The colour of the spore print is brownish, with pink, reddish, or rosy tints. Spores are somewhat fuse-shaped, smooth, and measure 11–17 by 3–5 µm. The basidia (spore-bearing cells) are club-shaped, four-spored, and measure 18–25.6 by 7.0–10.2 µm. Cystidia on the walls of the tubes (pleurocystidia) are fuse-shaped with a central swelling, thin-walled, and have granular contents. They possess sharp to tapered tips, and have overall dimensions of 36–44 by 8.0–11.0 µm. On the pore edges, the cheilocystidia are similar in shape to the pleurocystidia, measuring 24.8–44.0 by 7.3–11.0 µm. The hymenium of Smith and Thiers's variety uliginosus, when mounted in Melzer's reagent, shows reddish globules of pigment measuring 2–8 µm that appear in the hyphae and throughout the hymenium, and a large (8–12 µm) globule in the pleurocystidia.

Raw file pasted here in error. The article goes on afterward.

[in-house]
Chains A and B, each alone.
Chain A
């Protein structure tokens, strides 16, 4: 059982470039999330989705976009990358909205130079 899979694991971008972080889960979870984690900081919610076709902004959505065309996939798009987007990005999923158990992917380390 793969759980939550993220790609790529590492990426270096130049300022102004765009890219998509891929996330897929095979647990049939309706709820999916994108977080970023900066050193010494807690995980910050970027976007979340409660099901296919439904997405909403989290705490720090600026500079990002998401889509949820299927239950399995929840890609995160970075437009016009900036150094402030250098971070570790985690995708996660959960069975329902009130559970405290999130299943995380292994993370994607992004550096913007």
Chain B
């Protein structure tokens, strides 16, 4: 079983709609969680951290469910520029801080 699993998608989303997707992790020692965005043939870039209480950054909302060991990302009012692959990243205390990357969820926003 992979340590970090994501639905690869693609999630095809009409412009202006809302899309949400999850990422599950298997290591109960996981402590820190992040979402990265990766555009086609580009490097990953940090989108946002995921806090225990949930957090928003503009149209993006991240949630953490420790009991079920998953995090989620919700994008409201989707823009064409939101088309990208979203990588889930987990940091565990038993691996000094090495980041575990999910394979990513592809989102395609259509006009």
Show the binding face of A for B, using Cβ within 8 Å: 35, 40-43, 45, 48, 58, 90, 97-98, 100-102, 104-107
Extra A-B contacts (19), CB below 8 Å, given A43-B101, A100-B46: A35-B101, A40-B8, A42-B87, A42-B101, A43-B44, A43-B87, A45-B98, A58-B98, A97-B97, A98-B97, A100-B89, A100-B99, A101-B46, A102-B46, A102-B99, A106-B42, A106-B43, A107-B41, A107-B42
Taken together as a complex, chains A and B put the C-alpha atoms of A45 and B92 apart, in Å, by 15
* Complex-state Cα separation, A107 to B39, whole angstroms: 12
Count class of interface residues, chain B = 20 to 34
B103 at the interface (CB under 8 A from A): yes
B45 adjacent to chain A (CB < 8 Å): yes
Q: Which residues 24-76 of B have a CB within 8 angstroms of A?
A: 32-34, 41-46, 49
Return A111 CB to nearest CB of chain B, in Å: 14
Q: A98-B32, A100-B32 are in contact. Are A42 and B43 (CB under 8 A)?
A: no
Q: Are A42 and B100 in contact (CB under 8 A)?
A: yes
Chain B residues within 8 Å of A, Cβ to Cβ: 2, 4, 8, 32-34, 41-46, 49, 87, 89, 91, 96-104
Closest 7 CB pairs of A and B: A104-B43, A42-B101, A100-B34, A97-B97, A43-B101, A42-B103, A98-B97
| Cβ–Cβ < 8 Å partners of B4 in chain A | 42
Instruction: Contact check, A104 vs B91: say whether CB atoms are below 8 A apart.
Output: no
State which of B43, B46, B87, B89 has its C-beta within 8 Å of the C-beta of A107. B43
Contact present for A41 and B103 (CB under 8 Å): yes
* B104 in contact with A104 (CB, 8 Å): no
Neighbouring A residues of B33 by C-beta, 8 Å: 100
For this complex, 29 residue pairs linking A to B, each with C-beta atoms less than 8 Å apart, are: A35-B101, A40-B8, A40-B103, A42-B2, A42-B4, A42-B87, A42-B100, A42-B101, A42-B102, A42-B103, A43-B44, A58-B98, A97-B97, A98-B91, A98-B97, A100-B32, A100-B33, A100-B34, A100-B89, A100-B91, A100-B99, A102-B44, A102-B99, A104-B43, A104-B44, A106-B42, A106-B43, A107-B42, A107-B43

Several chemical tests have been documented that can help confirm the identify of this species. On the cap flesh, application of formaldehyde turns the tissue pinkish, iron salts result in a colour change to greyish-green, aniline causes a lavender to reddish-brown colour, and phenol a purplish pink to reddish brown. On the cap cuticle, nitric acid causes an orange-salmon colour, sulphuric acid creates orange-red, ammonia usually makes brown, and a potassium hydroxide solution usually makes orange.
Italian cook and author Antonio Carluccio reports this is one of the most common fungi brought to him to identify, having been mistaken for an edible species. Young specimens can be confused with many edible boletes, though as the pores become more pink the species becomes easier to identify. Some guidebooks advocate tasting the flesh, the smallest piece of which will be very bitter. The dark-on-light reticulation in the stalk is distinctive, and is the opposite colouration of that on the stalk of the prized Boletus edulis. T. felleus is found in the same habitat as B. badius, though the latter's yellow tubes and blue-bruising flesh easily distinguish it. B. subtomentosus can have a similar-coloured cap, but its yellow pores and slender stalk aid identification.